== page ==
Last Updated: 23 September, 2020
When this book was offered as part of the BritMums bookclubbookclub I was keen to read it as being happy was one of my goals for a number of years, I’ve read other books on the topic of happiness (plus there are several on my current personal development to read list) and in the past I’ve tried to breakdown happiness into components and apply them to my life.
I was initially disappointed with the book because I was expecting a practical based book with Ruth commenting on different “happiness inspiring” activities she tried, but she actually tries very few, most of the book is about the research she reads and discussions with different people. I also found the first few chapters frustrating because I felt she had learnt a major part of happiness was relationships but ignored it in order to research other things such as meditation. However, once I got over those two things I found her investigation of different “happy” communities such as work and religious very interesting.
The two take way points for me are:
- the more time you spend thinking about happiness, the less likely you are to be happy
- single biggest factor affecting your happiness and success is the love and warmth of your mothers (it is a shame that this was relegated to the acknowledgement section; if it is such a big factor I feel it should have been discussed in the book)
Should you read the book?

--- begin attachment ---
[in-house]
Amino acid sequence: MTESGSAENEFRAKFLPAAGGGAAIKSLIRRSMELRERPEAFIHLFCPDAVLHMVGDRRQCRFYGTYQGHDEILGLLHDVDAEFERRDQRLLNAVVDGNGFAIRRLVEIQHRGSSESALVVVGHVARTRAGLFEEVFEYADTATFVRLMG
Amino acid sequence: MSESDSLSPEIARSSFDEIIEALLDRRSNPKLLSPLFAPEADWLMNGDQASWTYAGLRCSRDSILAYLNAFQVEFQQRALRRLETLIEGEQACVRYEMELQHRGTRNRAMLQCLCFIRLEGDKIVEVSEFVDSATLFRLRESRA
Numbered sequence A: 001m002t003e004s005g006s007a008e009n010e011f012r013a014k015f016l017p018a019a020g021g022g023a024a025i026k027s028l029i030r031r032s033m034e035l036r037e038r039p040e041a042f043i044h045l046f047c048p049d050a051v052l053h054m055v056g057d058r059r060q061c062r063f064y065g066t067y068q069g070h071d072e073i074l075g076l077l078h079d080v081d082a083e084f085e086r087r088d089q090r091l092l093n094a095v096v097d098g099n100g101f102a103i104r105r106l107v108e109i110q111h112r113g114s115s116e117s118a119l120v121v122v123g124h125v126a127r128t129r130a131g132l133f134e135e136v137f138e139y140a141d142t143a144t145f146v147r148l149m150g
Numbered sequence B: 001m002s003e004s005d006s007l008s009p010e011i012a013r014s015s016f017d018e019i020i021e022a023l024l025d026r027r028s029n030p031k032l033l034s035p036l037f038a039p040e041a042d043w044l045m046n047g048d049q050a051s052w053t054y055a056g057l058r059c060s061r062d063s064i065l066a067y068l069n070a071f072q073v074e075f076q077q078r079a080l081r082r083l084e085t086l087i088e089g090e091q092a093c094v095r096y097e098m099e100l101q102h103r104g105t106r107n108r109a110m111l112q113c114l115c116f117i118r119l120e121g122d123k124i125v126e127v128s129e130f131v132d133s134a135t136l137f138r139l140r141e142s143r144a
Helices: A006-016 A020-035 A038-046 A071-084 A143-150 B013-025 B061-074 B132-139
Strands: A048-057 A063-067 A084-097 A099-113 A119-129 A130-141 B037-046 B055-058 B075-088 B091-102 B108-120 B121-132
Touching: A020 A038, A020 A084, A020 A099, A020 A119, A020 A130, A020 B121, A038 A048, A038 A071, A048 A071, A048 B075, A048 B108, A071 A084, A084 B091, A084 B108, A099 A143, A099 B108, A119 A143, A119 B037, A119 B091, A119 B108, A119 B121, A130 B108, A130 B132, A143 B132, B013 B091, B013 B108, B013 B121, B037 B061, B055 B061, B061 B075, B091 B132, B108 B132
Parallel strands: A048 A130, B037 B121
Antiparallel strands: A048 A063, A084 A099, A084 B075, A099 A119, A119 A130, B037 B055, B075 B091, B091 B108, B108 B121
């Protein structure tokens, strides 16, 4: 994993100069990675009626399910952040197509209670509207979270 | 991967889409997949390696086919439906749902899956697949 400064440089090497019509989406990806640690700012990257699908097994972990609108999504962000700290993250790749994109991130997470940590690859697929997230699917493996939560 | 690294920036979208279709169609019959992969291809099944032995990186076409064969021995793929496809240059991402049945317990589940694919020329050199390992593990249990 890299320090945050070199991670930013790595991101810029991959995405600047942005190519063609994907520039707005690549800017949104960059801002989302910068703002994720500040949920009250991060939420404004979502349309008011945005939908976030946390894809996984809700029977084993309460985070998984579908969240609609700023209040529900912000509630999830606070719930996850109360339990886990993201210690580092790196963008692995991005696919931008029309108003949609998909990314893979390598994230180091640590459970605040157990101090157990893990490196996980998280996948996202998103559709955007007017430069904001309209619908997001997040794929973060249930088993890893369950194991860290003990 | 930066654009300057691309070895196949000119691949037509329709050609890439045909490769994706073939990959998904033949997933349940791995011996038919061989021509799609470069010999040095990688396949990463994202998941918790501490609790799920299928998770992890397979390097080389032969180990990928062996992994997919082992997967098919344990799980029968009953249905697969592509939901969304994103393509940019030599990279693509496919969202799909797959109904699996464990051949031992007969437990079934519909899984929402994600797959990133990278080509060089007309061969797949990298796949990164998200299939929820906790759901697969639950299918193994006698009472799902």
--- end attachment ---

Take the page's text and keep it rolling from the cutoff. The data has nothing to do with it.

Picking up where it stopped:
The book is well researched and has some good examples that are linked together well, so the book flows smoothy making it easy to read. However, I can’t see the purpose of the research and therefore the book.
The back of the book says “Ultimately she stumbles upon a more effective, less self-involved, less anxiety-inducing way to find contentment” but this is not what I discovered from the book. I’ve tried to work out what I think the aim of the book is and have come up with three suggestions; none are particularly happy:
- many people who we believe are experts could be conning us either out of money or through research that is biased
- people we think are happy are often not
- you can’t improve your happiness levels by thinking about being happy
So should you read The Pursuit of Happiness and why it’s making us anxious?* If you are interested in discovering more about the research that exists on what makes us happy and people’s experiences of different “happy” communities than yes. However, if you want a book with a clear conclusion than no.
*Disclosure: I was given a copy of this book to provide an honest review. Some links are affiliate links meaning if you buy something after clicking on it I will earn some money but it will not cost you anything more.